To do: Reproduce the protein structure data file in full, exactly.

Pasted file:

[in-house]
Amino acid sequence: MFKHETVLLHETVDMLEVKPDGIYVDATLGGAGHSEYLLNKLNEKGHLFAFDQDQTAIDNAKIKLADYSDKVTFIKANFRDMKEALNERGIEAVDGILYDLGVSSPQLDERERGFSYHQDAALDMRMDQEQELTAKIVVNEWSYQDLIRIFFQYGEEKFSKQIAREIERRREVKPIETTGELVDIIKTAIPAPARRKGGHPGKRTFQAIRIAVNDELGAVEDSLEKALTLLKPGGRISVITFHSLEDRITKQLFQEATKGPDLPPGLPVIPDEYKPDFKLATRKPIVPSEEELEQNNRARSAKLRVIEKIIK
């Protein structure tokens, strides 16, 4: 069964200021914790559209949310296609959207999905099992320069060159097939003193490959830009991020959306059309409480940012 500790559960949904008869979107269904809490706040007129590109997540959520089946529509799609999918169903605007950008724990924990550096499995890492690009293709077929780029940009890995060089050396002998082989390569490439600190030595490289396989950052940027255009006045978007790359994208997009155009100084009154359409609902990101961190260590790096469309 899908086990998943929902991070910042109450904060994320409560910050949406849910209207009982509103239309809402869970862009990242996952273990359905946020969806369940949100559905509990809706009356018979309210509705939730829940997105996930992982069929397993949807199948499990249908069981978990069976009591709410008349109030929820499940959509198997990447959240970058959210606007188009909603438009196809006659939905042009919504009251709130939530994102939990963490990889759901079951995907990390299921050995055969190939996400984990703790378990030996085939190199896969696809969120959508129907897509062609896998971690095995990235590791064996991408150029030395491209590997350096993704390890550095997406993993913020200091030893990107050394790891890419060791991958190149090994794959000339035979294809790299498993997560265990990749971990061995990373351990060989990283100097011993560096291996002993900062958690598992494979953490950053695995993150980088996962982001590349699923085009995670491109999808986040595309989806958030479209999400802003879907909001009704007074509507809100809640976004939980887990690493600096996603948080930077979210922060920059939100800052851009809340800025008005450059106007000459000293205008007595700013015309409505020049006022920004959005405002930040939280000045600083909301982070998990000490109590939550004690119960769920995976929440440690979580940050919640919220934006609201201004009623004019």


[in-house]
Amino acid sequence: MFKHETVLLHETVDMLEVKPDGIYVDATLGGAGHSEYLLNKLNEKGHLFAFDQDQTAIDNAKIKLADYSDKVTFIKANFRDMKEALNERGIEAVDGILYDLGVSSPQLDERERGFSYHQDAALDMRMDQEQELTAKIVVNEWSYQDLIRIFFQYGEEKFSKQIAREIERRREVKPIETTGELVDIIKTAIPAPARRKGGHPGKRTFQAIRIAVNDELGAVEDSLEKALTLLKPGGRISVITFHSLEDRITKQLFQEATKGPDLPPGLPVIPDEYKPDFKLATRKPIVPSEEELEQNNRARSAKLRVIEKIIK
């Protein structure tokens, strides 16, 4: 069964200021914790559209949310296609959207999905099992320069060159097939003193490959830009991020959306059309409480940012 500790559960949904008869979107269904809490706040007129590109997540959520089946529509799609999918169903605007950008724990924990550096499995890492690009293709077929780029940009890995060089050396002998082989390569490439600190030595490289396989950052940027255009006045978007790359994208997009155009100084009154359409609902990101961190260590790096469309 899908086990998943929902991070910042109450904060994320409560910050949406849910209207009982509103239309809402869970862009990242996952273990359905946020969806369940949100559905509990809706009356018979309210509705939730829940997105996930992982069929397993949807199948499990249908069981978990069976009591709410008349109030929820499940959509198997990447959240970058959210606007188009909603438009196809006659939905042009919504009251709130939530994102939990963490990889759901079951995907990390299921050995055969190939996400984990703790378990030996085939190199896969696809969120959508129907897509062609896998971690095995990235590791064996991408150029030395491209590997350096993704390890550095997406993993913020200091030893990107050394790891890419060791991958190149090994794959000339035979294809790299498993997560265990990749971990061995990373351990060989990283100097011993560096291996002993900062958690598992494979953490950053695995993150980088996962982001590349699923085009995670491109999808986040595309989806958030479209999400802003879907909001009704007074509507809100809640976004939980887990690493600096996603948080930077979210922060920059939100800052851009809340800025008005450059106007000459000293205008007595700013015309409505020049006022920004959005405002930040939280000045600083909301982070998990000490109590939550004690119960769920995976929440440690979580940050919640919220934006609201201004009623004019």